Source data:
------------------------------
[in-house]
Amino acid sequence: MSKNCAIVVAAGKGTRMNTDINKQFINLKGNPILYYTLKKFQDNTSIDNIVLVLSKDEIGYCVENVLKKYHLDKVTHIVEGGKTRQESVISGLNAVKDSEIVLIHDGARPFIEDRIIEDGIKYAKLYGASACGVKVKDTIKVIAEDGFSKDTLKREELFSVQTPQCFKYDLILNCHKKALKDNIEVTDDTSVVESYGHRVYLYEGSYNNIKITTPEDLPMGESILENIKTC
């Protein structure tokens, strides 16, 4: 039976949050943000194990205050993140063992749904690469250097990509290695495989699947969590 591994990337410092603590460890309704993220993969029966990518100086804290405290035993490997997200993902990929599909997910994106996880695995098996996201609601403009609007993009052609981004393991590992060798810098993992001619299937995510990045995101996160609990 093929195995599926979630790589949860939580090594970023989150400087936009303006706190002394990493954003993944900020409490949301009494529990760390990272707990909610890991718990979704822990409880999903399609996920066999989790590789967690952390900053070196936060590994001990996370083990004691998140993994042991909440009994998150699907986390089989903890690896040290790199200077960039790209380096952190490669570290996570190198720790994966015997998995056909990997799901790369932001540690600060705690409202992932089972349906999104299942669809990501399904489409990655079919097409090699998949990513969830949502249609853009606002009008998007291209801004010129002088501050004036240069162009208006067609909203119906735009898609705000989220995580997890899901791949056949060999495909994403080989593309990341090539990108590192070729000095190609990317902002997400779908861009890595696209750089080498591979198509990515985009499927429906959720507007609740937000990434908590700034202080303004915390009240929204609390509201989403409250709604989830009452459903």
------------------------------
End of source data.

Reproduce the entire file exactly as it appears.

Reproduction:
[in-house]
Amino acid sequence: MSKNCAIVVAAGKGTRMNTDINKQFINLKGNPILYYTLKKFQDNTSIDNIVLVLSKDEIGYCVENVLKKYHLDKVTHIVEGGKTRQESVISGLNAVKDSEIVLIHDGARPFIEDRIIEDGIKYAKLYGASACGVKVKDTIKVIAEDGFSKDTLKREELFSVQTPQCFKYDLILNCHKKALKDNIEVTDDTSVVESYGHRVYLYEGSYNNIKITTPEDLPMGESILENIKTC
């Protein structure tokens, strides 16, 4: 039976949050943000194990205050993140063992749904690469250097990509290695495989699947969590 591994990337410092603590460890309704993220993969029966990518100086804290405290035993490997997200993902990929599909997910994106996880695995098996996201609601403009609007993009052609981004393991590992060798810098993992001619299937995510990045995101996160609990 093929195995599926979630790589949860939580090594970023989150400087936009303006706190002394990493954003993944900020409490949301009494529990760390990272707990909610890991718990979704822990409880999903399609996920066999989790590789967690952390900053070196936060590994001990996370083990004691998140993994042991909440009994998150699907986390089989903890690896040290790199200077960039790209380096952190490669570290996570190198720790994966015997998995056909990997799901790369932001540690600060705690409202992932089972349906999104299942669809990501399904489409990655079919097409090699998949990513969830949502249609853009606002009008998007291209801004010129002088501050004036240069162009208006067609909203119906735009898609705000989220995580997890899901791949056949060999495909994403080989593309990341090539990108590192070729000095190609990317902002997400779908861009890595696209750089080498591979198509990515985009499927429906959720507007609740937000990434908590700034202080303004915390009240929204609390509201989403409250709604989830009452459903």